However, this analytical method has an intrinsic limitation that target samples have to be crystallized beforehand. As a result, most oily compounds or extremely small-quantity samples have not been analyzed by single crystal X-ray study solely because there was no way to crystallize them.
Prof. Makoto Fujita’s research group at the University of Tokyo’s Graduate School of Engineering solved this problem using a porous material called a “crystalline sponge”. Crystalline sponges are porous coordination network crystals capable of aligning incoming guest molecules inside their pores along an ordered framework of organic ligands and metal ions. Once the incoming guest molecules are regularly ordered, the resulting crystalline sponges meet the requirement for X-ray analysis, thus the structure of the guest molecule can be determined by X-ray crystallography without crystallizing the sample itself. The Fujita group demonstrated that molecular structures of non-crystalline samples were unambiguously determined by simply soaking a crystal of crystalline sponge in a solution containing from 80 ng up to 5 µg of the target sample.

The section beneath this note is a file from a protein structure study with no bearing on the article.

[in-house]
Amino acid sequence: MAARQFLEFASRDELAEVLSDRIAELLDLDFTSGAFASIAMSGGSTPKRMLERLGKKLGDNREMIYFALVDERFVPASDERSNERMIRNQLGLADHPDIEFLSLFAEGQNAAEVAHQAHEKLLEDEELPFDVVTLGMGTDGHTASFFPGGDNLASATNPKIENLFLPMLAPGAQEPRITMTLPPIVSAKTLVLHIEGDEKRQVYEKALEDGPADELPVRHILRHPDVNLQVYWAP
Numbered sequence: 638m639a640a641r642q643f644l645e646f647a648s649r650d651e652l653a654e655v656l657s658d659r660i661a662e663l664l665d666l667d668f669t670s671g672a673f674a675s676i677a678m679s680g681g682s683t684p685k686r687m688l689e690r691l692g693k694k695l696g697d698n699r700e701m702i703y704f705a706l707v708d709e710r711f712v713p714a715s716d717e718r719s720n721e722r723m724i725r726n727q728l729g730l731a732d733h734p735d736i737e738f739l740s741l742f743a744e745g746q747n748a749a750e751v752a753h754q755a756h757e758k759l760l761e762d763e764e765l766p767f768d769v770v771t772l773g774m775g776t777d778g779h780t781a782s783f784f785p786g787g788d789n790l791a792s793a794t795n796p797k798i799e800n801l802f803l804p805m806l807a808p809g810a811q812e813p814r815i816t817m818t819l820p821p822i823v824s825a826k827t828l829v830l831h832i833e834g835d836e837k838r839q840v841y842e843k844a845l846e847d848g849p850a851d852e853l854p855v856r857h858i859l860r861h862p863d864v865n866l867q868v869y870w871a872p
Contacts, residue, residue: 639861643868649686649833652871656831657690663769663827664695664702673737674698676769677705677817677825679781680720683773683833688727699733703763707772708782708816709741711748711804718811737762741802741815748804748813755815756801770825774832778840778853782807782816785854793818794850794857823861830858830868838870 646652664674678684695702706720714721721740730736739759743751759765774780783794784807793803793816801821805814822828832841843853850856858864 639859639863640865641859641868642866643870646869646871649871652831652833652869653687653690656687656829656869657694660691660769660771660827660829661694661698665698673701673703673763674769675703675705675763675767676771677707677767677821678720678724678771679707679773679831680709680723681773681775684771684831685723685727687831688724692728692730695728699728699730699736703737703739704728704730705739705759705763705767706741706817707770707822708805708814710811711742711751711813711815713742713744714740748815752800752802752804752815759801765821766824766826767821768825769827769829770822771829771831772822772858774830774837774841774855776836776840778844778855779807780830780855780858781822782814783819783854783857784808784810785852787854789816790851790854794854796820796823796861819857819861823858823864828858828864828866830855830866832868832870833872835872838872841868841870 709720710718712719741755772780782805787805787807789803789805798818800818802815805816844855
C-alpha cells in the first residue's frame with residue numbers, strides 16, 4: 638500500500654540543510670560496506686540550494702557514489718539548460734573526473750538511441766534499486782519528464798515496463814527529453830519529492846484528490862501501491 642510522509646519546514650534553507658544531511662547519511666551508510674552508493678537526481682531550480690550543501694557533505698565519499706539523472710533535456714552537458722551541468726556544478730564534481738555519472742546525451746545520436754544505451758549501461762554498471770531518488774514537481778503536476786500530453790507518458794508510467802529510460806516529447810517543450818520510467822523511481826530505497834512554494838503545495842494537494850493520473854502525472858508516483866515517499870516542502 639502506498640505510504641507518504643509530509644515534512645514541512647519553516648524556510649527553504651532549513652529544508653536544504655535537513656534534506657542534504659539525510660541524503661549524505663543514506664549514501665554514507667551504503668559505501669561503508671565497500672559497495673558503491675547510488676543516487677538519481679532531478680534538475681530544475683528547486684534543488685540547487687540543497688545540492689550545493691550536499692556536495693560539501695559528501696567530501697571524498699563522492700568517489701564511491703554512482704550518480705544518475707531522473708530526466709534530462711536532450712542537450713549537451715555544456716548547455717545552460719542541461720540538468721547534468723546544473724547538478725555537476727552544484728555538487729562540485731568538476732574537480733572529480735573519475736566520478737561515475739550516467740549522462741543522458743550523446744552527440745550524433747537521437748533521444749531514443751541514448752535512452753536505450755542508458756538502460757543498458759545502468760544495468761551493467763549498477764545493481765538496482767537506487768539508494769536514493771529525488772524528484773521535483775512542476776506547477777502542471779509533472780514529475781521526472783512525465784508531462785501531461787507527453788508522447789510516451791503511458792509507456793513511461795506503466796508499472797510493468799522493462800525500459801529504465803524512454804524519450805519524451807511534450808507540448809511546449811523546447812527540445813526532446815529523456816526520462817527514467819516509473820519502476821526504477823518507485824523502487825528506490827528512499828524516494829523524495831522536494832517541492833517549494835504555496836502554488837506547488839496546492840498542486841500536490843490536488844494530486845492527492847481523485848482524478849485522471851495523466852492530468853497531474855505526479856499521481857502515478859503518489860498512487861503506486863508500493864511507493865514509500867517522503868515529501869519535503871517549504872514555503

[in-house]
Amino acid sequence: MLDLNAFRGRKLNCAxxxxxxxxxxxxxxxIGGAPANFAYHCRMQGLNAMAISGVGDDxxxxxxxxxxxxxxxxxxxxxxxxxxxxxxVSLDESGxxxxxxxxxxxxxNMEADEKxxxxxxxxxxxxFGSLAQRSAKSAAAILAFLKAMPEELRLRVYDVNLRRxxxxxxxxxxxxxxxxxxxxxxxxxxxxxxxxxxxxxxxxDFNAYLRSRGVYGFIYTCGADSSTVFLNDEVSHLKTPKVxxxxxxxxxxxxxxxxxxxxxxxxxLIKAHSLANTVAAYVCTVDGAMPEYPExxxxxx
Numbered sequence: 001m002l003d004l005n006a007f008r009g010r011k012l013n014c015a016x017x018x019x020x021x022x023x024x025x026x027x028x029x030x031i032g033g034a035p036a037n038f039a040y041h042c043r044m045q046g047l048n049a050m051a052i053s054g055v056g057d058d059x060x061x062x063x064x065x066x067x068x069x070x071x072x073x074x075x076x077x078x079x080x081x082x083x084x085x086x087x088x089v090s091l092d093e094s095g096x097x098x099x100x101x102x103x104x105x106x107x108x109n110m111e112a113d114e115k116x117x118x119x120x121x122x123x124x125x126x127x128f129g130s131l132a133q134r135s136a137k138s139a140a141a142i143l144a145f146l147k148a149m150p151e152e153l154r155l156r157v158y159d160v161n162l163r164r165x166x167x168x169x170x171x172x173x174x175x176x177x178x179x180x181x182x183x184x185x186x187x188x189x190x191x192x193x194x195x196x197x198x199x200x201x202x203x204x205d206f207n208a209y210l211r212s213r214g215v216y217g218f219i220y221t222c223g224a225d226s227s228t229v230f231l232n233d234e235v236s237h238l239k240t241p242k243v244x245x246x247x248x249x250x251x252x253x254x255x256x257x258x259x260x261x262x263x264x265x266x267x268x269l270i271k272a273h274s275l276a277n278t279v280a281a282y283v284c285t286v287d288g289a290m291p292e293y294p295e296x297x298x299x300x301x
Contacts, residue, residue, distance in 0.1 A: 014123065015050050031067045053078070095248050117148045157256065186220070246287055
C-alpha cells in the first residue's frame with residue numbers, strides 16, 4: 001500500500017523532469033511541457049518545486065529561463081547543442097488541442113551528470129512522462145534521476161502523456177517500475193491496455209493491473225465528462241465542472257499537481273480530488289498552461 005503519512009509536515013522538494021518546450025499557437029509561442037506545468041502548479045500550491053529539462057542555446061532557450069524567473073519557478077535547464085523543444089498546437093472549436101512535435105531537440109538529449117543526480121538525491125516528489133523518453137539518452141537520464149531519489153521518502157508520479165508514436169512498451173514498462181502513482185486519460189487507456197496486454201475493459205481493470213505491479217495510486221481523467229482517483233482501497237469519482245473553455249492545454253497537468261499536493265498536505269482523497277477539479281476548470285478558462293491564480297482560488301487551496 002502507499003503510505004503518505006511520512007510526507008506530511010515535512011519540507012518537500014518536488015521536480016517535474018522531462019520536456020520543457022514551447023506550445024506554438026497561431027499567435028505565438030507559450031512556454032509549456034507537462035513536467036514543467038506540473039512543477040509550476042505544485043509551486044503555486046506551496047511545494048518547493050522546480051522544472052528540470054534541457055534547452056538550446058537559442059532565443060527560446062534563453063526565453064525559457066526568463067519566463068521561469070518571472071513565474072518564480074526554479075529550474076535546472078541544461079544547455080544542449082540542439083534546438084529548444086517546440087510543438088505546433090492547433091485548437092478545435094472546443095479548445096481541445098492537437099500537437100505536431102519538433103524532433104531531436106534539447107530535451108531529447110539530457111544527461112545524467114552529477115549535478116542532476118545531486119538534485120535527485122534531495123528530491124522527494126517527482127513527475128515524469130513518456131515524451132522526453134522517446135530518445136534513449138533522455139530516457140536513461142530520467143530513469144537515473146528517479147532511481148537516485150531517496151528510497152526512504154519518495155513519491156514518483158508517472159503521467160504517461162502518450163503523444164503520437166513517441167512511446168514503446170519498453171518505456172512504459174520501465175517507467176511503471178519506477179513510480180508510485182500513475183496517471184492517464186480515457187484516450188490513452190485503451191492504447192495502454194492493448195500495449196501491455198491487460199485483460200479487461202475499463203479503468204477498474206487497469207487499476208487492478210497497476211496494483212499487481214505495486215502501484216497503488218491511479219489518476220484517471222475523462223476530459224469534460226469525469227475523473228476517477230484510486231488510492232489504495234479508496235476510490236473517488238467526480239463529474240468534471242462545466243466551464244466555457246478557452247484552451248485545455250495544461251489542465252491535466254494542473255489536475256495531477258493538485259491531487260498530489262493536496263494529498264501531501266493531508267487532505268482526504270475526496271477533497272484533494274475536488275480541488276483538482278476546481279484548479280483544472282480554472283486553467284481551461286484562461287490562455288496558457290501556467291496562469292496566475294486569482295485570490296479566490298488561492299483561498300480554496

With this new “crystalline sponge method,” the Fujita group successfully determined the crystal structures of medicinal compounds, natural flavonoids, and a very scarce marine natural product which is extracted from a marine sponge collected at a depth of 400 m.
This research provides an innovative tool to determine the structures of very tiny amounts of organic molecules in the field of medicinal drug, food, agrichemical, fragrance and fundamental organic research.